Inducible NO synthase (NOS) activity increases approximately three hours after the onset of NEC. [15] In this study, we evaluated the therapeutic effects of NO [hypoxia/reoxygenation (HR)] in newborn rats in which NEC was experimentally induced with hypoxia.

 Materials and Methods

This experimental study protocol was approved by the Experimental Animal Ethics Committee of the °i°li Etfal Training and Research Hospital. This study was performed at the Istanbul University Experimental Medical Research and Application Institute. We used newborn Wistar albino rats housed at 20±1°C under a 12 hour light: 12 hour dark cycle. This study conformed to the Guidelines for the Care and Use of Laboratory Animals (U.S. National Institutes of Health Publication no. 85-23, revised 1996).

Thirty one-day-old Wistar Albino rats (weight: 5-8 g) were randomly allocated into three groups of 10; group 1 (HR + no treatment), group 2 [HR + nitroglycerin (perlinganit)], group 3 (control, no application). A 0.1 ml aliquot of 0.9% sodium chloride (NaCI) was administered intraperitoneally (i. p.) to groups 1 and 3 as a control injection. The experimental model used in this study has been described previously. [5] The drug was prepared at 0.05 mg/10 mL and 0.1 mL was injected i.p., as the effective perlinganit dose for humans is 10-100 μg/kg/min.

Normothermic (22-23°C) rats were placed in a vacuum glass bell jar at room temperature (Vacunit70, Eschmann, England). The air in the vacuum apparatus was emptied with an aspirator from one aperture and 100% carbon dioxide (CO 2 ) was provided through the other aperture to generate hypoxic conditions. After approximately five minutes, the rats exposed to hypoxia became motionless and cyanotic from lack of air. The rats were then removed from the bell jar and exposed to 100% oxygen (O 2 ) .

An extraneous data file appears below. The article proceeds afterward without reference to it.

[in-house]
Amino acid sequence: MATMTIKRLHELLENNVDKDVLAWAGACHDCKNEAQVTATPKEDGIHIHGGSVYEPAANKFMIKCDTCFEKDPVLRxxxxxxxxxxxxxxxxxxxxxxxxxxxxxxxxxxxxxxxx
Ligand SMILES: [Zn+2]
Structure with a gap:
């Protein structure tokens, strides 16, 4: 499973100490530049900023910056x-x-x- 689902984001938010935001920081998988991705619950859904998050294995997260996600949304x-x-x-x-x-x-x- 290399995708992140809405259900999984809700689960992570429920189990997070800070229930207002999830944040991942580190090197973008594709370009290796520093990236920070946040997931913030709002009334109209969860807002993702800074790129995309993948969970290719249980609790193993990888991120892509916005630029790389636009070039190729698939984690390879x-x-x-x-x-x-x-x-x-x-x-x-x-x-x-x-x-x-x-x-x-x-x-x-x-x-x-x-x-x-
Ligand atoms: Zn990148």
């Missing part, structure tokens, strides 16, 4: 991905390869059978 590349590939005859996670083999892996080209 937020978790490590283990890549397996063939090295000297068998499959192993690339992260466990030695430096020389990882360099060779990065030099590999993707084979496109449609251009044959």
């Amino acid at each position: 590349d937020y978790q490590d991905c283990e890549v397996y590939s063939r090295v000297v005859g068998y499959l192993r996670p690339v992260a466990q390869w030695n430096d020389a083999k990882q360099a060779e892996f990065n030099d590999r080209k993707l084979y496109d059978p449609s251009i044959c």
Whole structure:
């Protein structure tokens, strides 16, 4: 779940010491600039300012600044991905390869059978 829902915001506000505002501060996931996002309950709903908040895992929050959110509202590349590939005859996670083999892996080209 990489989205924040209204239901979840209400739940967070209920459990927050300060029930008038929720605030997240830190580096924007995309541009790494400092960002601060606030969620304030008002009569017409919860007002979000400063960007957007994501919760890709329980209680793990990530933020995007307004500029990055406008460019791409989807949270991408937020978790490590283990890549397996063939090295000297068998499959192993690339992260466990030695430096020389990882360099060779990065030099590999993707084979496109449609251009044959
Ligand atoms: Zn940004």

Approximately five minutes later, the rats regained a pink color, began to move, had regular respiration, and were returned to their mothers. Animals in the treatment group (group 2) were given a single dose of i.p. nitroglycerine ( Perlinganit, ADEKA, Istanbul, Turkey) at 24 hours after HR and daily for three days thereafter. The control group did not undergo the HR procedure. After the procedures, the rats were placed in cages with their mothers and provided unlimited food. The rats were decapitated four days after the HR procedure and examined histologically.

The histopathological examination was performed by a pathologist blinded to the study group. A 1 cm length of intestinal tissue was taken from the distal jejunum, the terminal ileum, and the proximal colon of each animal and fixed in 10% formalin. Tissues sections (8-10 μm) in paraffin blocks were stained with hematoxylin and eosin and examined under light microscopy. Intestinal changes were scored from 0 to 4 according to the classification system described. [17] The following classification procedure was applied to each rat separately: Grade 0 (normal histology), healthy villi; grade 1 (minimal), villus necrosis and villus crypts (mild epithelial disintegration); grade 2 (mild-moderate), villus and crypt necrosis, mucosal and submucosal damage (moderate level villus damage); grade 3 (moderate), necrosis extending to the muscle layer (total villus damage); and grade 4 (severe), transmural necrosis. These scores were applied to the three intestinal segments for each animal and were analyzed statistically.

Statistical evaluation

A one-way analysis of variance (ANOVA) was conducted. The Kruskal-Wallis test was used to detect specific differences between the histopathological groups. When a difference was determined based on the Kruskal-Wallis test, Dunn's multiple comparison test was used to identify the difference. A P value <0.005 was considered to be statistically significant.